Five Corners: The Marked Ones By Cathi Shaw


Growing up in a sleepy village untouched by distant wars and political conflicts, it was easy for Thia, Mina and Kiara to forget such horrors existed in the Five Corners. That is until the dead child is found; a child that bears the same strange birthmark that all three sisters possess. A Mark their mother had always told them was unique to the girls.

Kiara’s suspicions grow as their Inn is soon overrun with outsiders from all walks of life. Strangers, soldiers and Elders who all seem to know more about what is happening than the girls do.

After Mina barely survives an attack in the forest, the sisters are faced with a shattering secret their mother has kept from them for years. As danger closes in around them, the sisters are forced from their home and must put their trust in the hands of strangers.  With more questions than answers, Kiara finds herself separated from everyone she loves and reliant on an Outlander who has spent too much time in army. She doesn’t trust Caedmon but she needs him if she has any hope of being reunited with her sisters and learning what the Mark might mean.

My Review

This was a fun read.  Something a bit different and not done over and over.  So, for the uniqueness aspect I thoroughly enjoyed it.  There were a few aspects of the story that could be improved upon, but nothing that is too distracting from the story itself.

Some of the names tripped me up a bit, but that is kind of par for the course when it comes to a fantasy-esque story.  All in all it kept me wanting, though not quite as much as I would have liked.  I do still want to read the next story in the series to find out what exactly happens and what else has been kept from the sisters.  Nice job to the author for her creative and unique story!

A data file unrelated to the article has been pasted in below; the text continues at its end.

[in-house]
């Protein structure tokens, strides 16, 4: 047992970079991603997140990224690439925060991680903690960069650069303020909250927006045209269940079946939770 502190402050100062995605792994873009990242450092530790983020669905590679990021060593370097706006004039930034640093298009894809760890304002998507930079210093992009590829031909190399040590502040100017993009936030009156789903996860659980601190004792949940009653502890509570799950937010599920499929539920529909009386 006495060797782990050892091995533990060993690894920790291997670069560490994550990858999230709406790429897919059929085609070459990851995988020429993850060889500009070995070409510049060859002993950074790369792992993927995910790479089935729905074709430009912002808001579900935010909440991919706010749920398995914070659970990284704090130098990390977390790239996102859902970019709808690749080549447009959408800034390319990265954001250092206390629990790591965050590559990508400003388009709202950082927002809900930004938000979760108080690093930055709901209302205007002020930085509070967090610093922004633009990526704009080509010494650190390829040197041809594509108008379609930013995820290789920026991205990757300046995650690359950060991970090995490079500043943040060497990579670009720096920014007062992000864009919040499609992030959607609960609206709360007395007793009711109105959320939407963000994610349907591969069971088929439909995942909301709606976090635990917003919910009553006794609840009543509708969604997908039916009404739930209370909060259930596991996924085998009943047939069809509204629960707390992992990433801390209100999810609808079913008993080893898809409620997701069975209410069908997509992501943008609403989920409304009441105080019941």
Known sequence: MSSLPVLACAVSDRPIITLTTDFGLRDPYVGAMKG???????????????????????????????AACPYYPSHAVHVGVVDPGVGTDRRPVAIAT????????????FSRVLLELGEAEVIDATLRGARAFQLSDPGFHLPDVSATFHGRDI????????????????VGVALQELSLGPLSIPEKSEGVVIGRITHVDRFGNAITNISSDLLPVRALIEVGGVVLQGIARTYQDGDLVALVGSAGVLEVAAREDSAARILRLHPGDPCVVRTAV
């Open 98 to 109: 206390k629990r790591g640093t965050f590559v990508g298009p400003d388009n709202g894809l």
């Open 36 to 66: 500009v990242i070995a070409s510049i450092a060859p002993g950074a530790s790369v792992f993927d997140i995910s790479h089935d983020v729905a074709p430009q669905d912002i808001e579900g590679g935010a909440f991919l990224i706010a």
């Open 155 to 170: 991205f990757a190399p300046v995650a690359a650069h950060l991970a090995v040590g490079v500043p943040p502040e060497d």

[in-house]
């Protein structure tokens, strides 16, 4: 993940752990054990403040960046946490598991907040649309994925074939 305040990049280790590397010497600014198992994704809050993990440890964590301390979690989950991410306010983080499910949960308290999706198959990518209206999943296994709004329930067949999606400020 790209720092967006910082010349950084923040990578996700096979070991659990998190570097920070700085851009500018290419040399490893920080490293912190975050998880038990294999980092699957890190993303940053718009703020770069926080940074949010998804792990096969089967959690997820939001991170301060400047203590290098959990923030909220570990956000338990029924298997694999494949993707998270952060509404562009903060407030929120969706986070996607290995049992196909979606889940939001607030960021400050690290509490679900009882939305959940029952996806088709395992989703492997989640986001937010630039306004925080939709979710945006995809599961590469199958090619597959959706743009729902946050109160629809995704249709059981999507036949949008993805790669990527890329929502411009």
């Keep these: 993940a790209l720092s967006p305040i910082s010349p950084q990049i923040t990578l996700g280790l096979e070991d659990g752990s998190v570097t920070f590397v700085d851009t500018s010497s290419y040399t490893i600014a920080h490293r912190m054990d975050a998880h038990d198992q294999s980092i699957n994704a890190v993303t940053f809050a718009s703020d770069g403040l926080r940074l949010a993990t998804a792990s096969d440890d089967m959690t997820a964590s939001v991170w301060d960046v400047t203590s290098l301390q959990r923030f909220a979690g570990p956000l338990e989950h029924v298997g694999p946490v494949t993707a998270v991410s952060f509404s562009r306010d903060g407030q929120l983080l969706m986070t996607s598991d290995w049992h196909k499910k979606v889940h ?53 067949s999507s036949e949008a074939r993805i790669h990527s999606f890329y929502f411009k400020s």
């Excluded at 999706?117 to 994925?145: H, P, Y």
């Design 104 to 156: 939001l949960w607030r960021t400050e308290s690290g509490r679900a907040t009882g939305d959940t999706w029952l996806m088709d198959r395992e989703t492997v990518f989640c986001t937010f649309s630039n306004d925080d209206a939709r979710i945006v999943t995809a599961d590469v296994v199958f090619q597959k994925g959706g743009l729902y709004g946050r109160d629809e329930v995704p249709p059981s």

Interview with Cathi Shaw

Beckstar Reviews:  First book you remember making an indelible impression on you.  
Cathi Shaw:  The Witch of Blackbird Pond by Elizabeth George Speare

BR:  If you could only eat one food the rest of your life, what would it be?
CS:  Chickpeas – they are versatile and I could do a million things with them. But this actually sounds like torture to only be able to eat ONE kind of food.

BR:  If you were a shifter, what animal would you like to be?
CS:  Wolf

BR:  Favorite season? Why?
CS: Winter because snow and holidays. No, wait: Summer because no school and beaches. No, wait. Spring because everything is so fresh and romance is in the air. No, wait: Fall because I love the crisp air and crunch of leaves.

BR:  Best movie ever made?  
CS:  Lord of the Rings Trilogy by Peter Jackson


Kiara stared at the small body laid out in the family's tiny kitchen. She didn't know the child but that didn't stop her heart from jerking in her chest as she looked at the perfect little girl lying in the wooden box. She was dressed in what were obviously her best clothes; her dark hair had been carefully combed and braided. She was only six years old.

Kiara felt her own mother watching her closely. She forced her gaze away from the small lifeless form. Brijit murmured softly to the parents and then moved to Kiara's side. 

"Come away from here, Kiara," her mother said firmly.

But Kiara couldn't stop herself from looking back at the child, noting how someone had twined a pretty scarf around her neck, concealing the ugly slashes that she knew were hidden beneath the colorful material. The result of a blade taken to vulnerable flesh. This poor girl had had no chance against her assailant.

Brijit tugged on her arm insistently. "There is nothing more for us to do here," she whispered in a hushed undertone. "Let’s go and give the family some peace."

Kiara felt a sudden wave of shame wash over her. She suddenly wondered what she was doing here? 

Don’t try to deny it, she told herself vehemently, you know why you’re here.

She had seen the Mark on the child's shoulder. She resisted the urge to rub her own shoulder where an identical Mark was hidden beneath her tunic. It was something she’d believed she only shared with her sisters. But this child proved different.

And there was no question that this child had been assassinated.

About Cathi Shaw

Cathi Shaw lives in Summerland, BC with her husband and three children.  She is often found wandering around her home, muttering in a seemingly incoherent manner, particularly when her characters have embarked on new adventure. In addition to writing fiction, she teaches rhetoric and professional writing in the Department of Communications at Okanagan College and is the co-author of the textbook Writing Today.

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